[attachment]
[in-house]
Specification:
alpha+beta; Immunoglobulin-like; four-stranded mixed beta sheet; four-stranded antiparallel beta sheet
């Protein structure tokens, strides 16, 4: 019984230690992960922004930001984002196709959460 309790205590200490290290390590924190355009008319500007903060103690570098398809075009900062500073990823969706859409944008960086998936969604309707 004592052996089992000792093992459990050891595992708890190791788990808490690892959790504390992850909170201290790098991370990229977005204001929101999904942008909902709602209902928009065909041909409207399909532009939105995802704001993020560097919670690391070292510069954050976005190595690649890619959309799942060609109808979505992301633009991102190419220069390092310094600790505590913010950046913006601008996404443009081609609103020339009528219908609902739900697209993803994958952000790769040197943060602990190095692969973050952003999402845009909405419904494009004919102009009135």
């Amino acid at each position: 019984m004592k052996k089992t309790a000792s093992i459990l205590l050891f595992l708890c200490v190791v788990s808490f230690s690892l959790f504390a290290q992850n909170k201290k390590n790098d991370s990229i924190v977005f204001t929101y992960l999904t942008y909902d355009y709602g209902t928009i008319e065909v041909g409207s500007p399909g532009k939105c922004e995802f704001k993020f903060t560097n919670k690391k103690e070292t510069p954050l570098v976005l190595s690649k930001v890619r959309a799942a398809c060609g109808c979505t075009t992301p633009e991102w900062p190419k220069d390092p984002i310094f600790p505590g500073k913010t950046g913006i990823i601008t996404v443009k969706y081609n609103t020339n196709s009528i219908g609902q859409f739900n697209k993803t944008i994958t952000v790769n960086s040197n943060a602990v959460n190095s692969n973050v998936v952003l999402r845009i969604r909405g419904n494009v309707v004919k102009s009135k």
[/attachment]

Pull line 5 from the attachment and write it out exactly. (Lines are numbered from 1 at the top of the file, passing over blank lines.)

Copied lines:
């Amino acid at each position: 019984m004592k052996k089992t309790a000792s093992i459990l205590l050891f595992l708890c200490v190791v788990s808490f230690s690892l959790f504390a290290q992850n909170k201290k390590n790098d991370s990229i924190v977005f204001t929101y992960l999904t942008y909902d355009y709602g209902t928009i008319e065909v041909g409207s500007p399909g532009k939105c922004e995802f704001k993020f903060t560097n919670k690391k103690e070292t510069p954050l570098v976005l190595s690649k930001v890619r959309a799942a398809c060609g109808c979505t075009t992301p633009e991102w900062p190419k220069d390092p984002i310094f600790p505590g500073k913010t950046g913006i990823i601008t996404v443009k969706y081609n609103t020339n196709s009528i219908g609902q859409f739900n697209k993803t944008i994958t952000v790769n960086s040197n943060a602990v959460n190095s692969n973050v998936v952003l999402r845009i969604r909405g419904n494009v309707v004919k102009s009135k």